From Publishers Weekly
Although this book covers great events world wars, depressions, elections and blizzards Spence is at its center. The author, who died in 1998 at age 84, wrote this account of growing up in a small Nebraska farming community with a piano teacher mother (whom she disparaged) and a newspaper publisher father (whom she worshiped); she left it to her son, Kyle Spence Richardson, to edit. The life Spence captures embodies the American woman's world pre-Feminine Mystique, a woman's magazine world where females struggled "to create the perfect marriage." In the hands of a less talented writer, this book would appeal primarily to archivists and historians, for it concerns the basics of farming life: marrying, giving birth, rearing children, raising cattle and enduring quiet marital miseries. But Spence's story is a cornucopia of vivid scenes, including images of frontier dentistry, the Klan, church suppers, barn building and rattlesnake killing that will appeal to a much wider audience. The retelling of how Spence's aunt got into her nightclothes in front of a young Spence without revealing any nakedness combines lightness with weighty implications about women's lives, as does her recollection of the long hours women spent in the kitchen. Spence renders these moments unsentimentally, yet with emotional depth, richly informative detail and noteworthy balance. To the deluge of memoirs by "ordinary" people, Spence contributes one that is much more than a nice remembrance for her grandchildren. Photos.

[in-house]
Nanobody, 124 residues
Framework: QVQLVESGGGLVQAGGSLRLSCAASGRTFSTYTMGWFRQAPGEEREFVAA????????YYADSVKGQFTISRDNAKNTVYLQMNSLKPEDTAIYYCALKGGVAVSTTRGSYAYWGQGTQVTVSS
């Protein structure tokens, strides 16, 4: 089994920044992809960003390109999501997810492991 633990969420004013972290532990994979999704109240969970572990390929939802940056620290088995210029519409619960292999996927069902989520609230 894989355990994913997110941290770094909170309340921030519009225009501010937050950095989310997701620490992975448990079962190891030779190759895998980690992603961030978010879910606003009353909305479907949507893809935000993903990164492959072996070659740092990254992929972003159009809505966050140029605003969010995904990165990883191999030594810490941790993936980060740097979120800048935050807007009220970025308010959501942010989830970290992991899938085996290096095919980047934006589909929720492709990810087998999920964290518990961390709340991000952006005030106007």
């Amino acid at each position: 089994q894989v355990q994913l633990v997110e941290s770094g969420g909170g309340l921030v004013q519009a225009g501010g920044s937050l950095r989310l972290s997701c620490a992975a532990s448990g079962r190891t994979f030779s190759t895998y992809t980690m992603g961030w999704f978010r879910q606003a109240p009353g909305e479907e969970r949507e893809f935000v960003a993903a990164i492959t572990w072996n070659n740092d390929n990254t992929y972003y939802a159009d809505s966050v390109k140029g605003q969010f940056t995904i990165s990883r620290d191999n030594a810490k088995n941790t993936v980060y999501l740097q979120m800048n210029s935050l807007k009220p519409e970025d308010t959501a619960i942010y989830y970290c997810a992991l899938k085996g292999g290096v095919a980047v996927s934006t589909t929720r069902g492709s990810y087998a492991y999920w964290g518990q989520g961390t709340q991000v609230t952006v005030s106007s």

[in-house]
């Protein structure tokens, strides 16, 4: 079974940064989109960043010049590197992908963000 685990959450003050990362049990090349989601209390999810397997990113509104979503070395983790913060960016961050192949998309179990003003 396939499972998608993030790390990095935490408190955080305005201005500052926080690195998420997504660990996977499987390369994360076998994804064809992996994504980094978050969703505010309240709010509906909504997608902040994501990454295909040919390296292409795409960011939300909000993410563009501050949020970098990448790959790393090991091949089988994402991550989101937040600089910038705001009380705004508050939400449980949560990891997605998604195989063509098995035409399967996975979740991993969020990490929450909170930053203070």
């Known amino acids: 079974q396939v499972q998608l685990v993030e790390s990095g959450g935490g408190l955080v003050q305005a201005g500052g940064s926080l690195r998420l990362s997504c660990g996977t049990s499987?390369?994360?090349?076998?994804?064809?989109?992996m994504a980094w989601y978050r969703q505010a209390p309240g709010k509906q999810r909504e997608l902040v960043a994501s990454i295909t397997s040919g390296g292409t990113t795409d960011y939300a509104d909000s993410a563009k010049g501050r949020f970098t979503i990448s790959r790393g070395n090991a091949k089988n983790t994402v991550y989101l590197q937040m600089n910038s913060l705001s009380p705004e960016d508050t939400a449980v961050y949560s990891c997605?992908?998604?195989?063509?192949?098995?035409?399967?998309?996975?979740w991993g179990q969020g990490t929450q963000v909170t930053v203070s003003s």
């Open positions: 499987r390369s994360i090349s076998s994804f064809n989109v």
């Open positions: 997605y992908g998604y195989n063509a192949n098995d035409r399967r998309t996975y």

Copyright 2002 Reed Business Information, Inc.
"Not only does Spence relate her own story, but also the stories of people around her, making Moving Out a collection of humorous and touching narratives."—Utah Historical Society
(Utah Historical Society
"Compelling reading. . . . Spence is an astute, thoughtful writer."—Great Plains Quarterly
(Great Plains Quarterly